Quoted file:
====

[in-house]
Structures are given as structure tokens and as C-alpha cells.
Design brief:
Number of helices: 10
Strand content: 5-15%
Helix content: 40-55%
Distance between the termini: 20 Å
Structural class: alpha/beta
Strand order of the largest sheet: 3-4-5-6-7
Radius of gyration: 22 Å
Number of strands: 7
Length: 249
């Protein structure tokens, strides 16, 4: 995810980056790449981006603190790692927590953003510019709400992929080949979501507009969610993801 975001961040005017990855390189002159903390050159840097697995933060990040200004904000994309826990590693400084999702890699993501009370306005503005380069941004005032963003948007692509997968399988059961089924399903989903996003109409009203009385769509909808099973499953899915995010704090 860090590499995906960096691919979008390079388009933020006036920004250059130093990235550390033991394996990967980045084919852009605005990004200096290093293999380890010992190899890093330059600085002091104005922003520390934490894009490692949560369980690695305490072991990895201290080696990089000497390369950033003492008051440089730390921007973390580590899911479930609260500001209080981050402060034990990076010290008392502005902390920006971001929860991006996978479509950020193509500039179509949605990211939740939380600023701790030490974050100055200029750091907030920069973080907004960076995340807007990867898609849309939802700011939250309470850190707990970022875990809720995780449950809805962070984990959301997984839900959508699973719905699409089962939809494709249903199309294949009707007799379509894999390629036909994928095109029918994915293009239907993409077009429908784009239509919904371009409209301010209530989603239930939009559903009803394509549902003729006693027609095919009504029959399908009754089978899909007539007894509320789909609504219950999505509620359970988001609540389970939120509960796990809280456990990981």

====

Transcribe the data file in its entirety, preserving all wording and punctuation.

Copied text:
[in-house]
Structures are given as structure tokens and as C-alpha cells.
Design brief:
Number of helices: 10
Strand content: 5-15%
Helix content: 40-55%
Distance between the termini: 20 Å
Structural class: alpha/beta
Strand order of the largest sheet: 3-4-5-6-7
Radius of gyration: 22 Å
Number of strands: 7
Length: 249
């Protein structure tokens, strides 16, 4: 995810980056790449981006603190790692927590953003510019709400992929080949979501507009969610993801 975001961040005017990855390189002159903390050159840097697995933060990040200004904000994309826990590693400084999702890699993501009370306005503005380069941004005032963003948007692509997968399988059961089924399903989903996003109409009203009385769509909808099973499953899915995010704090 860090590499995906960096691919979008390079388009933020006036920004250059130093990235550390033991394996990967980045084919852009605005990004200096290093293999380890010992190899890093330059600085002091104005922003520390934490894009490692949560369980690695305490072991990895201290080696990089000497390369950033003492008051440089730390921007973390580590899911479930609260500001209080981050402060034990990076010290008392502005902390920006971001929860991006996978479509950020193509500039179509949605990211939740939380600023701790030490974050100055200029750091907030920069973080907004960076995340807007990867898609849309939802700011939250309470850190707990970022875990809720995780449950809805962070984990959301997984839900959508699973719905699409089962939809494709249903199309294949009707007799379509894999390629036909994928095109029918994915293009239907993409077009429908784009239509919904371009409209301010209530989603239930939009559903009803394509549902003729006693027609095919009504029959399908009754089978899909007539007894509320789909609504219950999505509620359970988001609540389970939120509960796990809280456990990981």